Most people (in North America, where I live, anyway) think of the plantains as a kind of banana, only bigger and not as tasty of a fruit. However, while plantains are a relative of the banana, they are, in fact, not a fruit at all. These incredible edible Plantains are actually herbs … and therefore definitely not bananas.
What? You say? These giant “trees” (they grow to heights of over 30 feet) are really overgrown herb plants?
In doing my study for this article, I came across quite a number of little-known and interesting facts about plantains, a member of the Plantaginaceae family. Allow me list some things you may not know about:
Those Incredible Edible Plantains!
- The scientific name for Plantain is “Plantago Major” and its Latin generic name translates into English as “sole of the foot”.
- Native to Central Asia, the Caribbean, Africa and Europe, the Plantain has been known in those areas of the world for millennia not only for its nutritional value, but also for its multitude of healing properties.
- The Anglo-Saxons considered the plant to be sacred, and referred to them as the “Mother of Herbs” in poems.
- When the first European settlers came to North America, they brought their favored herb with them, where is has since flourished, especially in southern regions.
- Native Americans soon came to admire plantains, and named it “white man’s foot” because it is such a hardy and persistent plant it would often be found springing up along well-traversed pathways. These were not the species of giant “trees” you most often think of (at least I do) that produce plantains, but a much smaller, shrub size species.
- There are over 200 species of Plantain, and the recorded uses for this beneficial herb are a list about that long, too. Here’s just a few I’d never known, that the Native Americans discovered:
- Used to draw poison out of a rattlesnake bite
- Excellent poultice to apply to insect bites and bee and wasp stings
- Soothes rheumatic pain
- Makes a good poultice for wounds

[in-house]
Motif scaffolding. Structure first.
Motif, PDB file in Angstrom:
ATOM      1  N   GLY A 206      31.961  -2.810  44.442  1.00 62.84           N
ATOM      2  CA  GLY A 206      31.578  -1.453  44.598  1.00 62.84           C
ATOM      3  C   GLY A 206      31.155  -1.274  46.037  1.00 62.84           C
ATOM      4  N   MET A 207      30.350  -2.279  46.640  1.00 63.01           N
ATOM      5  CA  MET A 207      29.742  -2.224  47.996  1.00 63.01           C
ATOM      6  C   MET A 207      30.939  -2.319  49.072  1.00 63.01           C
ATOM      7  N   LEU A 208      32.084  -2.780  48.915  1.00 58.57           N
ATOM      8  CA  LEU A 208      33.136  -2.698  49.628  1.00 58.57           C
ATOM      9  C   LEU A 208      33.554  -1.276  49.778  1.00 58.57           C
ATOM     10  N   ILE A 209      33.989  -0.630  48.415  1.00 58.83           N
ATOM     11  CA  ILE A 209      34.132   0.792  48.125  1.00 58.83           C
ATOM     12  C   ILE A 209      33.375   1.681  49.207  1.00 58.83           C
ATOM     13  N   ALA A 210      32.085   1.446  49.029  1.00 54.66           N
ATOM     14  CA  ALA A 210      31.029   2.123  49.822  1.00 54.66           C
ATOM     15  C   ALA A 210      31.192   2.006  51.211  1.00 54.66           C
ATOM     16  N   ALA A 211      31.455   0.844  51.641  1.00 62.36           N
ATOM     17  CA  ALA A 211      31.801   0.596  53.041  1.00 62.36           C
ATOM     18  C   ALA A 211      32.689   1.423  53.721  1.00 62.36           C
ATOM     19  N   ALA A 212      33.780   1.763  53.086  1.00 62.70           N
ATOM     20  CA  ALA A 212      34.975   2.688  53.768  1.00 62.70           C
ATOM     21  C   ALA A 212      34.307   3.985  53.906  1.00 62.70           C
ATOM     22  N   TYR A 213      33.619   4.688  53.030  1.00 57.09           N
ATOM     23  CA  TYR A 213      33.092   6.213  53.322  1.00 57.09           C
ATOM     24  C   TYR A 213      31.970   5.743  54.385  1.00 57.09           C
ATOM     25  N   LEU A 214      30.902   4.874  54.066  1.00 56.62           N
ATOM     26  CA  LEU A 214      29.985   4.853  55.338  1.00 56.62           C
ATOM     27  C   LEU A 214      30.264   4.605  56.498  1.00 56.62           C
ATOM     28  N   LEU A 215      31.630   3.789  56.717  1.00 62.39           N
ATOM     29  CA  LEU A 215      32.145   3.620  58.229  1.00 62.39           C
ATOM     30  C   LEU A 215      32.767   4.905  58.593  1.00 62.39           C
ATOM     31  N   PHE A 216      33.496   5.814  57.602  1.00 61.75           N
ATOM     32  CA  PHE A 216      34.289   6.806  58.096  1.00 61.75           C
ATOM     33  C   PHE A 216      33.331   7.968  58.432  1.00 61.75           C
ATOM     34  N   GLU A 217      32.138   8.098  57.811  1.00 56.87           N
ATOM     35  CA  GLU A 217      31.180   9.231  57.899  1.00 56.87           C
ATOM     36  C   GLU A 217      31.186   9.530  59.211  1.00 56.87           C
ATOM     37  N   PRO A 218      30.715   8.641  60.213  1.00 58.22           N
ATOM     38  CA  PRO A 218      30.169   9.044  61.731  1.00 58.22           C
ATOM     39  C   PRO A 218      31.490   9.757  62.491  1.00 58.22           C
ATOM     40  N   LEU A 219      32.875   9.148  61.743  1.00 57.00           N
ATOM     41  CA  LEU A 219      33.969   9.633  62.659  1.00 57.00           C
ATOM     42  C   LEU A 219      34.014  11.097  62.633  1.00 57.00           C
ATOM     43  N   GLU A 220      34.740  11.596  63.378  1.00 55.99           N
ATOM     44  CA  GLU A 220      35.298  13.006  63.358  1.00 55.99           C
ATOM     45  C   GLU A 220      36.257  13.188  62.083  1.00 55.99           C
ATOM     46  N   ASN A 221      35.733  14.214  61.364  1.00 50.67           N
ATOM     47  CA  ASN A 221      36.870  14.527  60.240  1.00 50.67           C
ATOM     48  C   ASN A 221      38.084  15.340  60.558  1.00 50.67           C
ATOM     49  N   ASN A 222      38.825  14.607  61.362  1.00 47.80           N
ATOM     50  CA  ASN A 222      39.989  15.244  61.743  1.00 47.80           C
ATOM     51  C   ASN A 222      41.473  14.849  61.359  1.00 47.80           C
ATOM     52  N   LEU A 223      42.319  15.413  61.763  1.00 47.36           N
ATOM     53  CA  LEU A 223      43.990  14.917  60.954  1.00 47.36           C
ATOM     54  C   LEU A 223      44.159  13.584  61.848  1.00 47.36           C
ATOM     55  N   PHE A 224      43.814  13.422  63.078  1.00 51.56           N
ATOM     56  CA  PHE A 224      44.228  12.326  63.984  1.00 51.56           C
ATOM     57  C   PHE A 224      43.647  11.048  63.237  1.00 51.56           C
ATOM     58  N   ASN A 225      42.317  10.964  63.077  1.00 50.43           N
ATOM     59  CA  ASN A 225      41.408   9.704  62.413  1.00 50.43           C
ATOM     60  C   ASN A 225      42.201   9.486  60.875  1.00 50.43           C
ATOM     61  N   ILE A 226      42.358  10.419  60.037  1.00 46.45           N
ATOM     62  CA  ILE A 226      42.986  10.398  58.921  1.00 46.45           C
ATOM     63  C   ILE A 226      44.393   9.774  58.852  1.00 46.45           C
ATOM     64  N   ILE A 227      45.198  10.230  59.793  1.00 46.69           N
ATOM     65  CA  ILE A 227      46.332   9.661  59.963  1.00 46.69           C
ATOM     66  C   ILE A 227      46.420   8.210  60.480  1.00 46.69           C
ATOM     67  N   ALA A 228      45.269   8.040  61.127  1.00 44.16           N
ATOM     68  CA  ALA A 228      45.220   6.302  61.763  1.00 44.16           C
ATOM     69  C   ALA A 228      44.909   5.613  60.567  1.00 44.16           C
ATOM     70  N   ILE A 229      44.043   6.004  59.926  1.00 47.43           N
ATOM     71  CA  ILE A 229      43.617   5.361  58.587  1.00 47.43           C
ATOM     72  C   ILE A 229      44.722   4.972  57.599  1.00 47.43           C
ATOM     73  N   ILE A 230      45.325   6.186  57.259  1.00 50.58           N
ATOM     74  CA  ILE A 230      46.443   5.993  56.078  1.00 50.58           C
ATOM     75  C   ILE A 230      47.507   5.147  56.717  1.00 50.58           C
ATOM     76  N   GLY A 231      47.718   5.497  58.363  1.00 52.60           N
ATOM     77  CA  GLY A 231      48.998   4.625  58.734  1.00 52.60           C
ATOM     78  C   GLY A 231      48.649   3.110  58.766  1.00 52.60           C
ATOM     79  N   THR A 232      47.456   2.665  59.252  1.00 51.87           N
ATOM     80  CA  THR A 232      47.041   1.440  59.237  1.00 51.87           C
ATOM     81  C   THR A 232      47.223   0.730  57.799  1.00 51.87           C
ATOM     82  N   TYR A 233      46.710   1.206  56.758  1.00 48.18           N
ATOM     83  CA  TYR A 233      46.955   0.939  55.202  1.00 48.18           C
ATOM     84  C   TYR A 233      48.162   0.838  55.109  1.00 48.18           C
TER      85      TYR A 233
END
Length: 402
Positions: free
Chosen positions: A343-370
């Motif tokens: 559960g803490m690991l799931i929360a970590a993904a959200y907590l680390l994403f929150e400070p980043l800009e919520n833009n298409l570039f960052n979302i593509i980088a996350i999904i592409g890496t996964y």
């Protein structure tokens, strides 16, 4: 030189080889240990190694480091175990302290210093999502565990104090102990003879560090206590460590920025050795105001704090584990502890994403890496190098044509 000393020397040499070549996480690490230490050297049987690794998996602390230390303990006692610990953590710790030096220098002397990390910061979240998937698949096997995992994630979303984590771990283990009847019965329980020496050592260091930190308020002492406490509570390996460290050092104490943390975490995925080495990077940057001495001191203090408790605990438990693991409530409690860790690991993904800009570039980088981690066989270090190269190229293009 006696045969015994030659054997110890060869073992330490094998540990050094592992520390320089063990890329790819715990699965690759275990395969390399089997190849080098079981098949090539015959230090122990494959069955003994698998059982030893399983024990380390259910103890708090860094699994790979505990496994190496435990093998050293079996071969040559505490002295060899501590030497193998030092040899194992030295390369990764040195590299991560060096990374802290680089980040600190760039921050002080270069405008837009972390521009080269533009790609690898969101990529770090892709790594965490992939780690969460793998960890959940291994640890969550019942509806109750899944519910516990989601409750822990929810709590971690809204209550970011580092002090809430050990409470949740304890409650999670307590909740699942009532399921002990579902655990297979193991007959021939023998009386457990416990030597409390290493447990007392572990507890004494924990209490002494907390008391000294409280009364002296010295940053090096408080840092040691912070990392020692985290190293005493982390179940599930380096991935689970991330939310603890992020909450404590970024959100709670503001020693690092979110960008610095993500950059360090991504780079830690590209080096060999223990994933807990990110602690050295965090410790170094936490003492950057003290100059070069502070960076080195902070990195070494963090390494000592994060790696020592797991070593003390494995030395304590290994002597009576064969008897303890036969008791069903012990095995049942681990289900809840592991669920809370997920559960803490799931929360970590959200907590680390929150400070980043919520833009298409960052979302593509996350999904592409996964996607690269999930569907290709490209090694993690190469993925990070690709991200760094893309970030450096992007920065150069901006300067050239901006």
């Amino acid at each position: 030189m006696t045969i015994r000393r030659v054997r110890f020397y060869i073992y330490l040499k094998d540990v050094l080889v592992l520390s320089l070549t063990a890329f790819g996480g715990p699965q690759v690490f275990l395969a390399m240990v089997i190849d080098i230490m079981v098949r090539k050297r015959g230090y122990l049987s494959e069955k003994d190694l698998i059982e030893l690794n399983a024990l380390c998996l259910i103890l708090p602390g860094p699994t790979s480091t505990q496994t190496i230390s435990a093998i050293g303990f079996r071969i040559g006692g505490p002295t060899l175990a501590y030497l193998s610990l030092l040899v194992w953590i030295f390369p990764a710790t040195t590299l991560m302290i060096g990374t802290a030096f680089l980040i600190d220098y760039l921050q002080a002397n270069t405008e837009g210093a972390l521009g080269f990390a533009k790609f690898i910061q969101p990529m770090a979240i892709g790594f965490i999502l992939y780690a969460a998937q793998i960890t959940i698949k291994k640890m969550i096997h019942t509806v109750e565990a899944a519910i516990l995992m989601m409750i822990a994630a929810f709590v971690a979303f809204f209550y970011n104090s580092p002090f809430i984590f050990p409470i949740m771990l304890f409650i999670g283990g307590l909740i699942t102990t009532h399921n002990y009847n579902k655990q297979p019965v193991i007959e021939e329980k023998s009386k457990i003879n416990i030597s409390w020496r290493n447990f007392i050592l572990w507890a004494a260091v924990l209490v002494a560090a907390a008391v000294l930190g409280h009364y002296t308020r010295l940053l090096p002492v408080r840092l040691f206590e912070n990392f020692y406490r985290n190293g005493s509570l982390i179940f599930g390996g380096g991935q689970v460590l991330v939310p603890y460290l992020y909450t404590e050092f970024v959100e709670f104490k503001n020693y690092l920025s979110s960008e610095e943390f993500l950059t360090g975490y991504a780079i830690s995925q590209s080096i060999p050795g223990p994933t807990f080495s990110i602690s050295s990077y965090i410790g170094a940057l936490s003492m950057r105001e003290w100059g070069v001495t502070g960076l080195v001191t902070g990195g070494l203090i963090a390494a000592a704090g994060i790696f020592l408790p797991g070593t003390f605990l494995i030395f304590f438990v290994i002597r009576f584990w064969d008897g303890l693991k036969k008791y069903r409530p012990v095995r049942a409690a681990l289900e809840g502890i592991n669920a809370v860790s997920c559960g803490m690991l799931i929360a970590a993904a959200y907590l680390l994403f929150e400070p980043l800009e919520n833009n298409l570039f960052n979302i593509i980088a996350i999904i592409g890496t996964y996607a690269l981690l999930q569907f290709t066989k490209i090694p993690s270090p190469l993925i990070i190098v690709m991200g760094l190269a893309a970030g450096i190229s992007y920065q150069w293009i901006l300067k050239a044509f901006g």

- Juice squeezed from a Plantain makes a good eyewash
- Plantains contain a much lower sugar content and much higher starch content than bananas, hence, they are still green when ripe, and when they ripen even further, they will turn black—not yellow—and a black Plantain is the only kind you might find enjoyable to eat as is, raw, but most often they are used as a baked or fried staple with meals.
- Africans enjoy Plantain chips much like Americans like their potato chips. Plantain chips are sometimes sweetened, by frying them with coconut milk and/or sugar.
- Dried Plantain can be ground and used as a healthy flour or meal in baked dishes.
- The leaves and seeds can be, and are, used for a plethora of medicinal purposes, not the least odd of which is as an anti-diarrheal and a laxative.
- The only possible ill effect of Plantain I came across is that it can cause an allergic reaction in a very small percentage of allergy-prone individuals.
So as you can see, those big green bananas you see in the supermarket are the “fruit” of a pretty darn handy plant to have on the planet.
Try making some sweetened Plantain chips with this following recipe. I love them, developed a taste for them when in Ghana, Africa, while courting the gorgeous young lady who is now my wife.
Sweet Plantains Chips Recipe
- 2 large plantains (not overly ripe)
- 1-1/2 tbsp. olive oil
- 1 tsp. ground cinnamon
- 1 tsp. freshly ground nutmeg
- 1 tbsp. sugar
- Preheat your oven to 400 degrees F.
- With a sharp knife, peel the plantain (they don’t peel as easily as a banana), and then slice them as thinly as you possibly can.
- Combine the slices, olive oil, nutmeg, cinnamon and sugar in a mixing bowl, and stir carefully, but thoroughly, ensuring all the chips get coated on both sides.
- Line a cookie sheet or baking tray with parchment paper, and lay the slices out in one single layer.
- Bake in the oven for 9 minutes on one side, flip the slices over, then bake for another 9 or 10 minutes, or until they are turning brown around the edges—which is your signal they are done.
- Remove from the oven and serve. I like them best fresh out of the oven and still warm, but you can also enjoy them at room temperature for the next day or two.
And hey—not someone with a flair for the kitchen, and don’t feel like going through all the trouble? You can buy some already made and very delicious if you just click here or on the image below.